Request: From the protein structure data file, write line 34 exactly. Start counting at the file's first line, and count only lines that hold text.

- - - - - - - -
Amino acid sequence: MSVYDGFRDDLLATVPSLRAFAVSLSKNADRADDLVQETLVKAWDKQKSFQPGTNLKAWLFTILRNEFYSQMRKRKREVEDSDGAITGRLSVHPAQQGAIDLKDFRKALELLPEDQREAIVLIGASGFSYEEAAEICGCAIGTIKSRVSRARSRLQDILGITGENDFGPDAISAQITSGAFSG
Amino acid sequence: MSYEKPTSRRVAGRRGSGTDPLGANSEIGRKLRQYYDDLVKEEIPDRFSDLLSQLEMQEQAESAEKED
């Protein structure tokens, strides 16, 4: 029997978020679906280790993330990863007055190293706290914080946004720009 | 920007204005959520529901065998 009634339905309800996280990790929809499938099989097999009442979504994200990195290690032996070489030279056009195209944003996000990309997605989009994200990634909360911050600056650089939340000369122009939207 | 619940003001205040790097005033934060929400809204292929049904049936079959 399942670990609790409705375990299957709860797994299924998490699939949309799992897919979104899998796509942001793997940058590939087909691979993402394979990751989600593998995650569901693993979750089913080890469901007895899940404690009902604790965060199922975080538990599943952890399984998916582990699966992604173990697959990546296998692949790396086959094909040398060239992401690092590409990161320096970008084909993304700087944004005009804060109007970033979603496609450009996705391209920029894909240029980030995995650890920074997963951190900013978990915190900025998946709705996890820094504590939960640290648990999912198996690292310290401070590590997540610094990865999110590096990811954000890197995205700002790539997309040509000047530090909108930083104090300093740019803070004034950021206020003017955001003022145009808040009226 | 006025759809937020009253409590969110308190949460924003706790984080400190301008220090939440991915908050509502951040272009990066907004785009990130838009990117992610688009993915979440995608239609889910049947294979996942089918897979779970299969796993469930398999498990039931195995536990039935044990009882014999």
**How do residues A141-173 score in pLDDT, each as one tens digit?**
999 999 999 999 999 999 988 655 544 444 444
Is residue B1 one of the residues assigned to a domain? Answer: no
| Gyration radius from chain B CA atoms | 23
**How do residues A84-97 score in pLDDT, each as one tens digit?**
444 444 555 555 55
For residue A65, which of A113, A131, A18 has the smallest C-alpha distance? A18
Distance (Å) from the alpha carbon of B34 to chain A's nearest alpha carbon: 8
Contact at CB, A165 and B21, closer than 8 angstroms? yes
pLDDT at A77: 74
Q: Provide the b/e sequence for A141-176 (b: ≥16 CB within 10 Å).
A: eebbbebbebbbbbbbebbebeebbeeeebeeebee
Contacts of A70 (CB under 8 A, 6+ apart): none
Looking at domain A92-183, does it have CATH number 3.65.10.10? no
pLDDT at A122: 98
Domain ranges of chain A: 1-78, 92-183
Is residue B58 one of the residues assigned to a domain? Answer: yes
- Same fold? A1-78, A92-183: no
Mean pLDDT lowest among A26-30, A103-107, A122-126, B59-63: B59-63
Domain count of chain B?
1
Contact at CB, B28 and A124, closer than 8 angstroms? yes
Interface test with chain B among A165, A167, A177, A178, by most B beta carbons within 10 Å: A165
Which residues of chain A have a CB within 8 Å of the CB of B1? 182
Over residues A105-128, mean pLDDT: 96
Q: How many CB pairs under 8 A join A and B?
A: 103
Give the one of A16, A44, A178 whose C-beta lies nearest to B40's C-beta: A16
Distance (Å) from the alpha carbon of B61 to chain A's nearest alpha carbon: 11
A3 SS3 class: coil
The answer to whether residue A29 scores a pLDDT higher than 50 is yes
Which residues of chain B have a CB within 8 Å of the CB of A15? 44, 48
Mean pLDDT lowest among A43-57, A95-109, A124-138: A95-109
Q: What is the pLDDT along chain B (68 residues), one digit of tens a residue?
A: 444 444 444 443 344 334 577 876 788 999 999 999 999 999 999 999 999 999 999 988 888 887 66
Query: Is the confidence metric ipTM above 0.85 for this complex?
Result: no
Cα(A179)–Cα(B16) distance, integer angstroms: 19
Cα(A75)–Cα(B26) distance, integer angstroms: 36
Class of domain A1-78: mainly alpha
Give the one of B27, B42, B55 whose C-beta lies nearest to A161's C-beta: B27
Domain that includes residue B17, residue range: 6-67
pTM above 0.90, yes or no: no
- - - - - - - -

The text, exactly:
The answer to whether residue A29 scores a pLDDT higher than 50 is yes